Facebook truly does not appear to comprehend personal privacy or security

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Revealed: The Secrets our Clients Used to Earn $3 Billion

Another day, another Facebook personal privacy issue.


Angela Lang/CNET

Facebook’s track record for personal privacy defense, currently much reviled, simply took 2 more important hits. 

On Thursday, the social media stated it discovered that countless Instagram passwords had actually been kept in plain text, an insecure format that would permit the tech giant’s workers to read them if they wished to. The brand-new figure is orders of magnitude higher than a preliminary quote of 10s of countless unsecured passwords that was exposed in March.

The news, which was eclipsed however not obscured by the release of the Mueller report, followed a post stating that Facebook, Instagram’s moms and dad business, had “unintentionally” gathered the e-mail contacts of about 1.5 countless its users over the previous 3 years. The activity was found when a security scientist discovered Facebook asking users to enter their e-mail passwords to confirm their identities when registering for accounts, according to Business Insider, which formerly reported on the practice. Those who entered their passwords saw a pop-up message stating Facebook was “importing” their contacts, although the service had not asked authorization, according to BI.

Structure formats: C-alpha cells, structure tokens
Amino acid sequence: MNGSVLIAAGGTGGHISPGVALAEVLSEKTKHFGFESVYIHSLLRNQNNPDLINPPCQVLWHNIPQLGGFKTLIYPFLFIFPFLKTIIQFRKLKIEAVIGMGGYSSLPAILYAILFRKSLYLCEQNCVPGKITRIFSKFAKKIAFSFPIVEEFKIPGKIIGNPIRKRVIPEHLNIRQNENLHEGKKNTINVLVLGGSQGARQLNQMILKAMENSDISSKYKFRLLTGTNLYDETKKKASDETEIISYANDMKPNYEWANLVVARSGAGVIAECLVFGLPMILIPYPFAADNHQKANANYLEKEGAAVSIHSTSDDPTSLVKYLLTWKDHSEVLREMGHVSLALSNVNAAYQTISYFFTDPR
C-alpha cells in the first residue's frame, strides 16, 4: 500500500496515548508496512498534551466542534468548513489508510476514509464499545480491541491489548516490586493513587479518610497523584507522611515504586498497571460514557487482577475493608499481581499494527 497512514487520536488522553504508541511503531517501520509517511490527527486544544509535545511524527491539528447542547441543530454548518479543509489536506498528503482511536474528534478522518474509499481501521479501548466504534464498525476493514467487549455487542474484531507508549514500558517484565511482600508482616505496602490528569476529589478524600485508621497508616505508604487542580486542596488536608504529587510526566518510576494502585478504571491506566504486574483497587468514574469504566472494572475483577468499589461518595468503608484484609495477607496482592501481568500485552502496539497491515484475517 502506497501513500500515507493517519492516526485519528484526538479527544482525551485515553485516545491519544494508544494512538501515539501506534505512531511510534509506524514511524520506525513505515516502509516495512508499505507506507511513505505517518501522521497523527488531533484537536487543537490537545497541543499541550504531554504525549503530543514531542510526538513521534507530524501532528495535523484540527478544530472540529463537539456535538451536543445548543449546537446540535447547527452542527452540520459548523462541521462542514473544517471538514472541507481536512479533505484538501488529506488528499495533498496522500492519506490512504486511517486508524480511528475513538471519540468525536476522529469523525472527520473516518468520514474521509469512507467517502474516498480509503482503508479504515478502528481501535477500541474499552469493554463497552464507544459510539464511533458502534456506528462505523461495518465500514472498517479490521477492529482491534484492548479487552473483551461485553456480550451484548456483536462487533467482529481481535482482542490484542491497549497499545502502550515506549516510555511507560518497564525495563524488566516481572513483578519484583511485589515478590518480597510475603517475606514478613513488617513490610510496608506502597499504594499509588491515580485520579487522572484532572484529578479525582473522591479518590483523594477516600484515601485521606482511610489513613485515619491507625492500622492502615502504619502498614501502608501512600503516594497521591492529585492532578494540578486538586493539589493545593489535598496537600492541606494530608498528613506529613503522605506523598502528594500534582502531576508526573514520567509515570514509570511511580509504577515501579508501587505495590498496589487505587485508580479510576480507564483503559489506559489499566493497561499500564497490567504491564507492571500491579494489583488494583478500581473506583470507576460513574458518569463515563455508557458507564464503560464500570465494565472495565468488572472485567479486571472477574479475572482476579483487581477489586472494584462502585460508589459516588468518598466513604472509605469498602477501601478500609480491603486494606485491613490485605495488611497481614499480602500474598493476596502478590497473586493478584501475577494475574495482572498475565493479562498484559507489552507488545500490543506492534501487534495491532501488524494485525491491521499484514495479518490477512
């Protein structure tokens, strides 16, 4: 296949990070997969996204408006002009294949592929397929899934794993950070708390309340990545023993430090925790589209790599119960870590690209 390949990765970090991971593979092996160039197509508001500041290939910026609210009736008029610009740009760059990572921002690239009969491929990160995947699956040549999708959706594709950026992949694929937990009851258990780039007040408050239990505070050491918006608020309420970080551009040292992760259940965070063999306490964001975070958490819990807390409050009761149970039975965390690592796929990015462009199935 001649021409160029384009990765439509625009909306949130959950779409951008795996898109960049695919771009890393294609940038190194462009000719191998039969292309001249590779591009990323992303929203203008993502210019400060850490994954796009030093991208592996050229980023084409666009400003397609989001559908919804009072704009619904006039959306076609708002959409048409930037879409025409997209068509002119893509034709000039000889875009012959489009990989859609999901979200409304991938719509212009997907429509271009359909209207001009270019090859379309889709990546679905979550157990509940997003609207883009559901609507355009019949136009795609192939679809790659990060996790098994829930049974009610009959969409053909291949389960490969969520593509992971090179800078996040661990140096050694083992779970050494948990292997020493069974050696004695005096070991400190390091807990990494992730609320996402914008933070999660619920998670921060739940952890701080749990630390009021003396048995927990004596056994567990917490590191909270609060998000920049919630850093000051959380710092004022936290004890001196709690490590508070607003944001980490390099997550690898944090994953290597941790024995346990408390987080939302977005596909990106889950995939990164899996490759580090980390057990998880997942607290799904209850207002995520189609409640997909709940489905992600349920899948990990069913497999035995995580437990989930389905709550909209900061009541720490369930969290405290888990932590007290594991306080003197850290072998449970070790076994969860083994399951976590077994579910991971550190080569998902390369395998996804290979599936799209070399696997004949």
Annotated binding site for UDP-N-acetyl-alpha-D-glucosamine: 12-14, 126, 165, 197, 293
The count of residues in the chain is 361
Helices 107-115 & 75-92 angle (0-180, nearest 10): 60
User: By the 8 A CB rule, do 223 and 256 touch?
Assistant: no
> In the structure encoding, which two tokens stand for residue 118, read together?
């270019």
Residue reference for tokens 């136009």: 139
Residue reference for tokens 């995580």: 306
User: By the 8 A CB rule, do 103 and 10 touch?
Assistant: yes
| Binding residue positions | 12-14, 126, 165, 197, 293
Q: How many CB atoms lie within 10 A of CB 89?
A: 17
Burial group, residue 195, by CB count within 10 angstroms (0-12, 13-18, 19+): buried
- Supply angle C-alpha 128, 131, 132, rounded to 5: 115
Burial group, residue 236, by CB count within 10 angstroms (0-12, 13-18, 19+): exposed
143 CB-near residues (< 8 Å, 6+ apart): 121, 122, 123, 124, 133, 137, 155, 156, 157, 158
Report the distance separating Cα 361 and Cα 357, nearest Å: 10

The occurrences mark simply the current in a raft of problem for the social networks giant, which is having a hard time to combat the understanding that it can’t grasph the idea of securing your details. Facebook has actually made a pitch to lean more into personal privacy and messaging, however continues to be pestered by one error after another. 

Facebook acknowledged both lapses.

“We will be notifying these users as we did the others,” Pedro Canahuati, Facebook’s vice president of engineering, security and personal privacy, stated of the unsecured Instagram passwords by upgrading a month-old article. “Our investigation has determined that these stored passwords were not internally abused or improperly accessed.”


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Facebook typically hashes and encrypts passwords so that even its own employees can’t see them. That helps ensure that user passwords are protected. The company discovered that hundreds of millions of passwords were stored in plain text after a routine security review in January.

Separately, a Facebook spokesperson confirmed that 1.5 million people’s contacts had been collected without users giving permission since May 2016.

“Last month we stopped offering email password verification as an option for people verifying their account when signing up for Facebook for the first time,” a Facebook spokesperson said. “When we looked into the steps people were going through to verify their accounts we found that in some cases people’s email contacts were also unintentionally uploaded to Facebook when they created their account.

“We’ve fixed the underlying issue and are notifying people whose contacts were imported,” Facebook said, adding that the contacts weren’t shared with anyone and are being deleted. It also pointed out that users can review and manage the contacts they share with Facebook in their settings.

Facebook is also notifying hundreds of millions of Facebook Lite users and tens of millions of other Facebook users who had their passwords exposed internally.

As the world’s largest social network, Facebook controls data on more than 2 billion people, and who has access to it. The company’s data-handling practices were called into question in the wake of the Cambridge Analytica scandal, during which the personal information on up to 87 million Facebook users was improperly accessed.

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